Posted in Minimalism

Letting Go – Part 2

This is part 2 of my series on my quest to tidiness.  You can find part 1 here.

But you see, lately, I’ve come to realize that I’m not as zen in an untidy environment as I used to.  I’m feeling myself being slowly but surely pulled towards needing my immediate environment to be tidy in order to function better.

So now, the question is: how should I go about becoming tidy knowing that it has to be:

  1. easy (well, relatively easy)
  2. quick
  3. sustainable

I realized that the best way to keep my house tidy and easy to clean was to have less stuff.  If I have less stuff, then it’s simpler to find a spot for everything (so it’s easier to put things away where they go).  If I have less stuff, then it’s easier to dust/clean/vacuum because there are less things to move around.  If I (and the kids) have less clothing, then I’m less likely to be stuck with ridiculously large amounts of clothing to wash because I won’t be able to wait as long between loads of laundry.

I realized that the best way to keep my house tidy and easy to clean was to embrace minimalism.

So I started researching ways to gain control over all of the stuff in my house.  Now, there are a plethora of books, blogs, articles, documentaries that address the issue of minimalism.  After a fair amount of research, I found one book that had a method I found really interesting.

The book is called The Life-Changing Magic of Tidying Up: The Japanese Art of Decluttering and Organizing.  It’s author, Marie Kondo presents what she has dubbed the “KonMari method”.  It’s basically a two-step process:

  1. Declutter
  2. Organize

I know, I know, you guys are probably saying :”well, duh, didn’t you know that already?”.  But the important bit is that you have to declutter everything before reorganizing your stuff.  One of my problems, being a perfectionist, is that I try to do everything at once.  But that has never worked out for me because it’s just too much to handle at once.

The other major point is how she approaches the act of decluttering.  You see, instead of tackling this task room by room, she had found that going category by category is a much more logical approach.

Following her method, I will be tackling my decluttering in the following order:

  1. Clothing
  2. Books
  3. Papers
  4. Komono (misc. like DVDs, electronic devices, hobby stuff, cleaning supplies…)
  5. Sentiment

She works from what she has found to be the easiest to let go of to what is hardest to let go of.  Since each category is divided into sub-categories, it means that it’s something that very doable even with a baby, a toddler and a 4 year old running around the house.

I’m going to start working on clothing this week, sub-category by sub-category until I’ve reached the end of the list.  Then, I’ll tackle my kids’ clothing.  After that, I’ll be able to move on to the next category.

Guys, I’m ridiculously excited!

Look out for part 3 where I’ll go through the process of decluttering with more detail and talking about the “rule of thumb” to help decide what to keep and what to let go of.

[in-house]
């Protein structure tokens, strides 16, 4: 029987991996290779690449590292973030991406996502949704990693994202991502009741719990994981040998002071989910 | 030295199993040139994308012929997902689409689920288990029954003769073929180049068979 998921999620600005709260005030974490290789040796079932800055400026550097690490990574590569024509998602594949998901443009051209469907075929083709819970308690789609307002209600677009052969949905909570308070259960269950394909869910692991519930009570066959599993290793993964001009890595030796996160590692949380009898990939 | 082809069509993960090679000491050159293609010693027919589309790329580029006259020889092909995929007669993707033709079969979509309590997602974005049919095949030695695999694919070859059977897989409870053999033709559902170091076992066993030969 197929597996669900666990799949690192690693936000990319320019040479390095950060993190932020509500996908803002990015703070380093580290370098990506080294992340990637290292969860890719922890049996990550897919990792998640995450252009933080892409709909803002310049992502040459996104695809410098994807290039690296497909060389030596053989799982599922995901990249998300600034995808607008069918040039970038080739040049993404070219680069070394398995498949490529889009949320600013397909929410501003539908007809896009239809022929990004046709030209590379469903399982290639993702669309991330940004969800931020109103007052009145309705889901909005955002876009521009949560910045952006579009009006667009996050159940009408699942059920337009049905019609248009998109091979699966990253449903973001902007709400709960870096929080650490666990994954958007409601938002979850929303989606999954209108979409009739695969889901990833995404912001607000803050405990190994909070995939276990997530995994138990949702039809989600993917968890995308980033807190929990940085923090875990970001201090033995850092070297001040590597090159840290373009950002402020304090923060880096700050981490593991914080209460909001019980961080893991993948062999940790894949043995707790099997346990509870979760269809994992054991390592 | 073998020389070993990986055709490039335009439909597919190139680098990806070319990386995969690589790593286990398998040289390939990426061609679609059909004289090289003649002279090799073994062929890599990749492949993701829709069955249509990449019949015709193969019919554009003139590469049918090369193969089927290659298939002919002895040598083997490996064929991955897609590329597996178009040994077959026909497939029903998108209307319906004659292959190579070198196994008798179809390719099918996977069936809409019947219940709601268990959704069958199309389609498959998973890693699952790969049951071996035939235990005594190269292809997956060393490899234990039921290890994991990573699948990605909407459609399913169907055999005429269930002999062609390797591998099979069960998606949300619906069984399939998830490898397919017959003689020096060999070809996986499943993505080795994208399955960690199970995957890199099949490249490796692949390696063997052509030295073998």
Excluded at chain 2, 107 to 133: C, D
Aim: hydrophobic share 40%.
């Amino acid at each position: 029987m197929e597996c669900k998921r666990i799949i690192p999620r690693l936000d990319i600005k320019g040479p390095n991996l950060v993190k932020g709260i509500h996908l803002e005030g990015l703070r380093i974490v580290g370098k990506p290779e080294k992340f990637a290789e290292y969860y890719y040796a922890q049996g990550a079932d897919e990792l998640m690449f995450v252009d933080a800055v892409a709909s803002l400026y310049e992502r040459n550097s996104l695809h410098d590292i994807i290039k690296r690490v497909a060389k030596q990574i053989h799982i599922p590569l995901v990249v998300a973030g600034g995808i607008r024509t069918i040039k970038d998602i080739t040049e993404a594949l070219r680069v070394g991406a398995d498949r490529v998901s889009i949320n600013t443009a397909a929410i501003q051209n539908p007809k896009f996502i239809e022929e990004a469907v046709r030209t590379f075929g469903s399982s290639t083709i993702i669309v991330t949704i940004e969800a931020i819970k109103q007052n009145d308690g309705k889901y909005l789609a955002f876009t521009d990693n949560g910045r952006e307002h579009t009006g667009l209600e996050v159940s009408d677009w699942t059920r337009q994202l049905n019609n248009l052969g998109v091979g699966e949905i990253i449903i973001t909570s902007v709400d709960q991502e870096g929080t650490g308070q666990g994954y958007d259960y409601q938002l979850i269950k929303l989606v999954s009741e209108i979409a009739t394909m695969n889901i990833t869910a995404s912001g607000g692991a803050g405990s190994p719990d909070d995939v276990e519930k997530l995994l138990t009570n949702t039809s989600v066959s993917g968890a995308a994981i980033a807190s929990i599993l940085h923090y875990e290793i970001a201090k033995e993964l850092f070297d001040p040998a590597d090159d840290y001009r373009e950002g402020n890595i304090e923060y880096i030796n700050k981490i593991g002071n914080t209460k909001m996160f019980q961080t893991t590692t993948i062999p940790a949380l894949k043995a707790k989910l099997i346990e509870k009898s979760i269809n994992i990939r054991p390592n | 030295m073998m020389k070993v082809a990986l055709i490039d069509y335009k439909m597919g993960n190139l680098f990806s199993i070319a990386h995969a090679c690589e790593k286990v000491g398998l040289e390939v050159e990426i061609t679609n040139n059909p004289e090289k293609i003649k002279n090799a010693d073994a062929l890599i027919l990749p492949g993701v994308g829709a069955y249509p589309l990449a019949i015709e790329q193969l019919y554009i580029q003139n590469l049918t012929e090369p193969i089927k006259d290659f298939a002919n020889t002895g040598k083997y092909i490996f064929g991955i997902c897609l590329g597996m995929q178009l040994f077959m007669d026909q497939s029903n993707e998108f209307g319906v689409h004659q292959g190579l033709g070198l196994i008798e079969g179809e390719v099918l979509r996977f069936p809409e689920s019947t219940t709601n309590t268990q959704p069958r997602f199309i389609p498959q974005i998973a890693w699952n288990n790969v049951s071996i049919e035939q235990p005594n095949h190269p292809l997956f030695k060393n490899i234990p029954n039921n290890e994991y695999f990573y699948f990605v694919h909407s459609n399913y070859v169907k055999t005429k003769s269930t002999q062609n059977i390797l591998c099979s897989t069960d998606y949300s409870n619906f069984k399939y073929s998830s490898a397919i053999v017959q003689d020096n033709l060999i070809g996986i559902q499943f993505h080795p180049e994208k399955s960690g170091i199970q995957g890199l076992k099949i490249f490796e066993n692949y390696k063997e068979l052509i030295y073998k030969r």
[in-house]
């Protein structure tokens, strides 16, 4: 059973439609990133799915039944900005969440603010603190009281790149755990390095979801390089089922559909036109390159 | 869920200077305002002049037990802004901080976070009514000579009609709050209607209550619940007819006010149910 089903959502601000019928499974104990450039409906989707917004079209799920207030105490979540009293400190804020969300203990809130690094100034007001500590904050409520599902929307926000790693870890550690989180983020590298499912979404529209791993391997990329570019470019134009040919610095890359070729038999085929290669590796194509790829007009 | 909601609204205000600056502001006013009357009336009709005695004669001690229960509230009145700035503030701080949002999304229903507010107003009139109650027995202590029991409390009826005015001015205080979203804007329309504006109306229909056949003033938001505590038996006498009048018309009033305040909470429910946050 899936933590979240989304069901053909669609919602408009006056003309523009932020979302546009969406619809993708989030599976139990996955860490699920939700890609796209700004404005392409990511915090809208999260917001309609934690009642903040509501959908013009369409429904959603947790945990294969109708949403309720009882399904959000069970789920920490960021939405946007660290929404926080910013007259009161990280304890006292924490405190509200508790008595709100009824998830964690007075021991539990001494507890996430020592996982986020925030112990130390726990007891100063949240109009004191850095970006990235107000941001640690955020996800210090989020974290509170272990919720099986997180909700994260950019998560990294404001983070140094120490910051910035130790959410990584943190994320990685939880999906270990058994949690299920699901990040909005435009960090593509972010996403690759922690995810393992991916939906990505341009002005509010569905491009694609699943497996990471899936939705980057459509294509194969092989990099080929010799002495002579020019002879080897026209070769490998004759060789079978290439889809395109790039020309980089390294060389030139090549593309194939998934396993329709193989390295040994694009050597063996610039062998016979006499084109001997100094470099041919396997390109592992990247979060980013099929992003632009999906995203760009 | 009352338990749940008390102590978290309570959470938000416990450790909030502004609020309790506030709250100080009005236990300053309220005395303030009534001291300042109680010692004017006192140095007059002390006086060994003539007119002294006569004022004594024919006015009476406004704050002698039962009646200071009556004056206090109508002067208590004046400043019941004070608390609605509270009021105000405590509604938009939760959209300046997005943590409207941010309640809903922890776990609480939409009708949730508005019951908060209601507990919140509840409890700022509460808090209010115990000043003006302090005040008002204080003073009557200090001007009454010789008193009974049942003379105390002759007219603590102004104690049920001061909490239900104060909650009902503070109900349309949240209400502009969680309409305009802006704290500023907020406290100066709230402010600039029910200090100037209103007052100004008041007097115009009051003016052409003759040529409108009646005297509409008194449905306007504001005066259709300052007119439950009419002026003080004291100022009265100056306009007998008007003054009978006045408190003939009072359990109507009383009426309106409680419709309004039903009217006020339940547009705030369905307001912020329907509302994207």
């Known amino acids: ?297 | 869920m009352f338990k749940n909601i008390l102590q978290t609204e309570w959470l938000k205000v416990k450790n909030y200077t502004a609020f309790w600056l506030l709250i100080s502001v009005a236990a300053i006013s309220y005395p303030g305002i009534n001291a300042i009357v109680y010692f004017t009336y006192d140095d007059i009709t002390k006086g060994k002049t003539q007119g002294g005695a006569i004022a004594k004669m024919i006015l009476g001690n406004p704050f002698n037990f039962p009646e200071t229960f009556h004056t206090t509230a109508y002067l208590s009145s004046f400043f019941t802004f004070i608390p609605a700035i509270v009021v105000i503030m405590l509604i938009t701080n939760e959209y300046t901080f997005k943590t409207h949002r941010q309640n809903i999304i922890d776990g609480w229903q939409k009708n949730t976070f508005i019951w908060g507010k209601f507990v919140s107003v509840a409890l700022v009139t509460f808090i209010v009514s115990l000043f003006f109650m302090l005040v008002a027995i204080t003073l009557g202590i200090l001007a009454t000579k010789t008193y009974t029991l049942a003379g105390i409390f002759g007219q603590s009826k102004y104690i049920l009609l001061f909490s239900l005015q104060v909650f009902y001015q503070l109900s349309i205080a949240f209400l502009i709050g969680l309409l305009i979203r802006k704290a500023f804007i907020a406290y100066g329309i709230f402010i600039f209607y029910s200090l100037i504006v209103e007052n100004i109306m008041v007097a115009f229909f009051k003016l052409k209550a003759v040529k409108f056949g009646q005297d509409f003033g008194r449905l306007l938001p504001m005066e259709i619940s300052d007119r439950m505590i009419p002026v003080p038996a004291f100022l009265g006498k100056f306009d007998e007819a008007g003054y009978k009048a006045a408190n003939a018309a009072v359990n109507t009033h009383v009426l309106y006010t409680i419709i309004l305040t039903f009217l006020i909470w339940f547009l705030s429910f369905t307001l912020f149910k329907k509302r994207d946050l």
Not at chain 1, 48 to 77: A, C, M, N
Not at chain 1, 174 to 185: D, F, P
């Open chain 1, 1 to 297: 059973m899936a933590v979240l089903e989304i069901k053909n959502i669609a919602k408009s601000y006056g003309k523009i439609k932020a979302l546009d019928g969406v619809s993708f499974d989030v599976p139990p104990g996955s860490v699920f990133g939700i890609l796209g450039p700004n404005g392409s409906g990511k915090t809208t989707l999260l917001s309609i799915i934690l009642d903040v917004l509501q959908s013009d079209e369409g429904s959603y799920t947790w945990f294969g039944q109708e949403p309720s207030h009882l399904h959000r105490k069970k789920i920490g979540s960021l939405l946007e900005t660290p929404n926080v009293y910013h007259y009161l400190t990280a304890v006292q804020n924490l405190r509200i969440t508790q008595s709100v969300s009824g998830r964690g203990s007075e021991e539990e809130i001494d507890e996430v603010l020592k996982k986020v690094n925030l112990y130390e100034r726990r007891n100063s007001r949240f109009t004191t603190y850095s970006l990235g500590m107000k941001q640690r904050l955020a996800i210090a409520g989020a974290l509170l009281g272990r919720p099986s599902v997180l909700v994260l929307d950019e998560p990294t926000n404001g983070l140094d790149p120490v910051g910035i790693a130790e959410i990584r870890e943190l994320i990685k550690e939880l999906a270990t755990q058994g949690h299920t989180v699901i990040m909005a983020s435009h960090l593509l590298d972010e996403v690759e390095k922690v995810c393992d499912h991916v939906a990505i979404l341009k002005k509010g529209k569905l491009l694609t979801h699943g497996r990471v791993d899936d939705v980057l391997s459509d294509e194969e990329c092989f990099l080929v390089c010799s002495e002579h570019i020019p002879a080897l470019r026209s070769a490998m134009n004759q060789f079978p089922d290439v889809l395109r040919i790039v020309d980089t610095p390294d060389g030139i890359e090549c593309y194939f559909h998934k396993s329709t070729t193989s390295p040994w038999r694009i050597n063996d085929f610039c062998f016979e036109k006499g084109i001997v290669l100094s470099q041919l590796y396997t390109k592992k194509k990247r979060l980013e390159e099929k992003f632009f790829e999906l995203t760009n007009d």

Are you a minimalist?  How did you go about it?  How did you proceed?

 

Author:

Thirty-something year old discovering the joys and bumps of motherhood.

12 thoughts on “Letting Go – Part 2

    1. My husband has trouble letting go as well. I know we will butt heads over many things that will fall into the category of: yeah but we might use it in the future! It will be an interesting, but great experience in the end though.

  1. That really makes sense with breaking it in to categories – going room by room you end up with similar things from each so you can never completely organize anything until your done going through EVERY room. I’m stubbornly holding on to my clutter – kitchen table looks like an episode from Hoarders (without the rotting food) – but that is the only really junked up area. I will enjoy hearing about you getting decluttered and organized though!! 😀

    1. Yeah, I pretty much had an “aha” moment when I read about organizing into categories. All of a sudden, it made much more sense to me and seemed an easier goal to reach.
      Stubbornly holding on to your clutter? Well, you know the saying, right: “if it ain’t broke, don’t fix it” so why not keep your clutter if you’re chill with it, right?

  2. What a great process! That does make sense when it’s said like that – to declutter first. And to do the sentimental things last so it’s easier to let them go. Good idea! My goal this weekend is to go through my clothes as well! Good luck to both of us. 🙂

  3. Oh man, I really loved the process of becoming a minimalist!! It was absolutely freeing! My experience happened as a result of two things – living in a small home which wouldn’t allow us to keep accumulating more stuff, and taking a vacation (a road trip) and realizing just how little we actually needed. When we got home, I started getting rid of things right away, and it was only after starting that I started googling things like “living with less,” and I learned the term MINIMALISM. ^_^
    It was definitely a process! I guess it took about six months or so, and even after that point, I still found myself re-evaluating things regularly. It’s been a few years now and I love how far we’ve come and what our younger children (Sam and Elizabeth) are growing up with. LESS 🙂
    I’m looking forward to seeing you go through the process and sharing what you’re learning along the way! Have FUN!

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